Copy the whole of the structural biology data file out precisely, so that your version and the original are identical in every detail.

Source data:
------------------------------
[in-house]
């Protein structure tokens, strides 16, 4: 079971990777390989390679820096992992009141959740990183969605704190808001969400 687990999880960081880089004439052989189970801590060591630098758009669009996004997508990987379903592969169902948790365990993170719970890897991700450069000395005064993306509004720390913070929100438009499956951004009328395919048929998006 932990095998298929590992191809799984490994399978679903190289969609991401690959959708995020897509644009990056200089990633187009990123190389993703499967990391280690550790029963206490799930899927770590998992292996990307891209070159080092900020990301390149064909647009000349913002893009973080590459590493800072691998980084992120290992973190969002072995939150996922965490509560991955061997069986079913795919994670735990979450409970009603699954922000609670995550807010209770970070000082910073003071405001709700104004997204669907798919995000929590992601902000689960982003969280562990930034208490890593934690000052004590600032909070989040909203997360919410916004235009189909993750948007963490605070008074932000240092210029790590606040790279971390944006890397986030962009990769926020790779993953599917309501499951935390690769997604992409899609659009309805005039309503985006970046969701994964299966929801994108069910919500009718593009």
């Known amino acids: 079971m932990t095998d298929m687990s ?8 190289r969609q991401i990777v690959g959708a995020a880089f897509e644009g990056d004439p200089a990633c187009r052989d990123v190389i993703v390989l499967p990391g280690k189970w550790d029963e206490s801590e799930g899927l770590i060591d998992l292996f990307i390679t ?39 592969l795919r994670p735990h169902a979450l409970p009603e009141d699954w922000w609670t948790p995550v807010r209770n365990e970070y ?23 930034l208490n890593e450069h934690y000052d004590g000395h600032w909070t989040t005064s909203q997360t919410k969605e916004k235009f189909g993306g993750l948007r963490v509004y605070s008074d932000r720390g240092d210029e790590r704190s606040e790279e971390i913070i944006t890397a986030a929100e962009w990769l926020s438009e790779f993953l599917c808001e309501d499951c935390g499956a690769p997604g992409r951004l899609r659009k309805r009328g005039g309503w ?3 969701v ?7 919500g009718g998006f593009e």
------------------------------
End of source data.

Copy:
[in-house]
């Protein structure tokens, strides 16, 4: 079971990777390989390679820096992992009141959740990183969605704190808001969400 687990999880960081880089004439052989189970801590060591630098758009669009996004997508990987379903592969169902948790365990993170719970890897991700450069000395005064993306509004720390913070929100438009499956951004009328395919048929998006 932990095998298929590992191809799984490994399978679903190289969609991401690959959708995020897509644009990056200089990633187009990123190389993703499967990391280690550790029963206490799930899927770590998992292996990307891209070159080092900020990301390149064909647009000349913002893009973080590459590493800072691998980084992120290992973190969002072995939150996922965490509560991955061997069986079913795919994670735990979450409970009603699954922000609670995550807010209770970070000082910073003071405001709700104004997204669907798919995000929590992601902000689960982003969280562990930034208490890593934690000052004590600032909070989040909203997360919410916004235009189909993750948007963490605070008074932000240092210029790590606040790279971390944006890397986030962009990769926020790779993953599917309501499951935390690769997604992409899609659009309805005039309503985006970046969701994964299966929801994108069910919500009718593009």
């Known amino acids: 079971m932990t095998d298929m687990s ?8 190289r969609q991401i990777v690959g959708a995020a880089f897509e644009g990056d004439p200089a990633c187009r052989d990123v190389i993703v390989l499967p990391g280690k189970w550790d029963e206490s801590e799930g899927l770590i060591d998992l292996f990307i390679t ?39 592969l795919r994670p735990h169902a979450l409970p009603e009141d699954w922000w609670t948790p995550v807010r209770n365990e970070y ?23 930034l208490n890593e450069h934690y000052d004590g000395h600032w909070t989040t005064s909203q997360t919410k969605e916004k235009f189909g993306g993750l948007r963490v509004y605070s008074d932000r720390g240092d210029e790590r704190s606040e790279e971390i913070i944006t890397a986030a929100e962009w990769l926020s438009e790779f993953l599917c808001e309501d499951c935390g499956a690769p997604g992409r951004l899609r659009k309805r009328g005039g309503w ?3 969701v ?7 919500g009718g998006f593009e």